Our study showed robust associations between self-reported LTST and lower work engagement, vigor, and absorption. These results aligned with prior studies on physical inactivity63 and accelerometer-measured SED23,64,65 and their role in decreasing levels of work engagement. Additionally, our study revealed that LTST was linked to higher absorption when adjusting for gender, but in the fully adjusted model, the association did not remain significant. This was in line with a previous study that reported that both men and women with high work engagement are less likely to have prolonged accelerometer-measured SED, but women with high levels of absorption are more likely to have prolonged accelerometer-measured SED.64 Since evidence for the association between accelerometer-measured SED and work engagement is still lacking, with only a few studies covering the subject,23,65 the connection needs to be examined in further studies.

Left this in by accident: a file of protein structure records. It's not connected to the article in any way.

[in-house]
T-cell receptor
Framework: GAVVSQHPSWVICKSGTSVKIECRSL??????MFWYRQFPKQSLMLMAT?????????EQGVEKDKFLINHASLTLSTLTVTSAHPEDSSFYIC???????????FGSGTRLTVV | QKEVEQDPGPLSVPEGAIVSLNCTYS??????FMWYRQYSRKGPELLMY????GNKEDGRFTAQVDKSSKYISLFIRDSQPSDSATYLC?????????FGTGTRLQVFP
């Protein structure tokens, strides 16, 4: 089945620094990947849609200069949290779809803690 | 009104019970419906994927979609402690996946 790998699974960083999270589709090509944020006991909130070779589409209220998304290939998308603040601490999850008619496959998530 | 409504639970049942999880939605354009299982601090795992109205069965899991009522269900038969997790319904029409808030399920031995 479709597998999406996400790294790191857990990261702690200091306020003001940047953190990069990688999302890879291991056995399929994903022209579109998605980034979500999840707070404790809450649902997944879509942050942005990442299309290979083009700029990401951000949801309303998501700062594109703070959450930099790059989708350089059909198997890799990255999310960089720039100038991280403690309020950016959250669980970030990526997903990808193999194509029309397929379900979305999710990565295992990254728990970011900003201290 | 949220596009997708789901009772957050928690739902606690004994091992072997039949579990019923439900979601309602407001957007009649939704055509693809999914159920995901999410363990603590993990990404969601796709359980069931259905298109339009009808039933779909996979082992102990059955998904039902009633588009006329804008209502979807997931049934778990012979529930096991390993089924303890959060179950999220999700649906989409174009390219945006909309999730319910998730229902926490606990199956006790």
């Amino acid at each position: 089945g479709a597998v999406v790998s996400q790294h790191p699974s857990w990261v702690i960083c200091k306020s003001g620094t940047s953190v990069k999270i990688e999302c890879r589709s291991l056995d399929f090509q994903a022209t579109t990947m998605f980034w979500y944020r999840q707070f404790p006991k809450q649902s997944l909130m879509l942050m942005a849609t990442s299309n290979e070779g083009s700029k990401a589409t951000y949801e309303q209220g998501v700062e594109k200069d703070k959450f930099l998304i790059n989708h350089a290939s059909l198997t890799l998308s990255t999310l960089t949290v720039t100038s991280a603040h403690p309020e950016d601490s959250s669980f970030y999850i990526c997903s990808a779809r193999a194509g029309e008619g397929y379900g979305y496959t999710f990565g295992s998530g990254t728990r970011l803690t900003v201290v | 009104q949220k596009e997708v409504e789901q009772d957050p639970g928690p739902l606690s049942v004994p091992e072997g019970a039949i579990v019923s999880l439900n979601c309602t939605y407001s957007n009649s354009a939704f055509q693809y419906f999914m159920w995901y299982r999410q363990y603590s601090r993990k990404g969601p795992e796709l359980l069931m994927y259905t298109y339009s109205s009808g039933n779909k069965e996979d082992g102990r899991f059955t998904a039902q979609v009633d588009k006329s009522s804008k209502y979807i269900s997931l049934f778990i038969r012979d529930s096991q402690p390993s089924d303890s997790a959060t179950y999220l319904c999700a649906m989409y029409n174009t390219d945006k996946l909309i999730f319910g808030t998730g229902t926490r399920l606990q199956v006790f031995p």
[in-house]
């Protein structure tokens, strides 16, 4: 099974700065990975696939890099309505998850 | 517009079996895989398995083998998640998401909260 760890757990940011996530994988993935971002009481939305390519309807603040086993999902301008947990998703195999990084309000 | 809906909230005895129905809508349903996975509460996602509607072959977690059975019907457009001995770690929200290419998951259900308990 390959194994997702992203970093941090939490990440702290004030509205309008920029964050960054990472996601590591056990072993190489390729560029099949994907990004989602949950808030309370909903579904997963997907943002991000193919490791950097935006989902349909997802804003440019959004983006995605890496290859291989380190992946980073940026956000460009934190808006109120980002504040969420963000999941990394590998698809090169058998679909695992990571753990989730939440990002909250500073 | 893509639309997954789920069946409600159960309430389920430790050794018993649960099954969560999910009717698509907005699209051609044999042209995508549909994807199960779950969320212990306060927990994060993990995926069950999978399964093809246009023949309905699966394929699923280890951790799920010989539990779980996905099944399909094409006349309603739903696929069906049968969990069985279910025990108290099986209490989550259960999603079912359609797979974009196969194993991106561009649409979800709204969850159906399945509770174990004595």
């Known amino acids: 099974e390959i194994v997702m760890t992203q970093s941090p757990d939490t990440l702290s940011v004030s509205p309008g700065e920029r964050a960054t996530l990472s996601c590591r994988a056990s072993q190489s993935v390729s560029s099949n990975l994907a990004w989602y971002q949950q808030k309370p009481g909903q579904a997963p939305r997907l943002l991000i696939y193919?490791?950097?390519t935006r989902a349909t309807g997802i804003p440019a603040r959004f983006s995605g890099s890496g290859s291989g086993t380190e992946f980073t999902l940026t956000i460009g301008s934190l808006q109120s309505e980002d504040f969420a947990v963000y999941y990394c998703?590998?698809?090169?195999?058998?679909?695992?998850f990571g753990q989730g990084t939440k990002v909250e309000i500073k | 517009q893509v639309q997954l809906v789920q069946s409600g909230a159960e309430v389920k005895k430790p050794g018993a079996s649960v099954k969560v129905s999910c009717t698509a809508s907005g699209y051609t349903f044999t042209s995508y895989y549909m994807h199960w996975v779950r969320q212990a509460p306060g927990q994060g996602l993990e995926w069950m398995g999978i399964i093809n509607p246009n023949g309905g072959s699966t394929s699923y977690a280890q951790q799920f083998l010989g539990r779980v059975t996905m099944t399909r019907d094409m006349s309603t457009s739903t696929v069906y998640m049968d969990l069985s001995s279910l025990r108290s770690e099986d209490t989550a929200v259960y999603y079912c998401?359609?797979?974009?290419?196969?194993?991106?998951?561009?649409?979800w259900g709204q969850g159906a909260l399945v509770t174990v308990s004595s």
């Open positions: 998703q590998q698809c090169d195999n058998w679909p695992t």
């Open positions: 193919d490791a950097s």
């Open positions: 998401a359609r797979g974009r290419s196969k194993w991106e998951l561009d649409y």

Our study showed associations between accelerometer-measured light PA and higher work engagement, vigor, and dedication. Accelerometer-measured steps were also linked to higher vigor, but accelerometer-measured SED was associated with lower work engagement, vigor, and dedication. These results accord with previous research regarding the link between leisure time PA and well-being outcomes.66,67 The effect of PA on general well-being,68 work engagement,21 and vigor59 has been covered in the literature, but with few exceptions,24–26 evidence for the effect of PA on work engagement is still almost non-existent. Its stress-buffering effect is an important outcome of PA,36 and work engagement researchers have highlighted the emotional benefits of PA and its impact on successful recovery from work.69 According to one study, subjective experience of PA plays a crucial role in the recovery-from-work process, rather than the actual time spent engaging in physical activities,69 which also explains the discrepancy in our study between self-reported brisk LTPA and accelerometer-measured vigorous PA; self-reported brisk PA was linked to higher work engagement and its subdimensions, but accelerometer-measured vigorous PA had no significant association with work engagement or its subdimensions. Moreover, the accelerometers measured all activity 24 hours a day, while LTPA was restricted to covering leisure-time activities.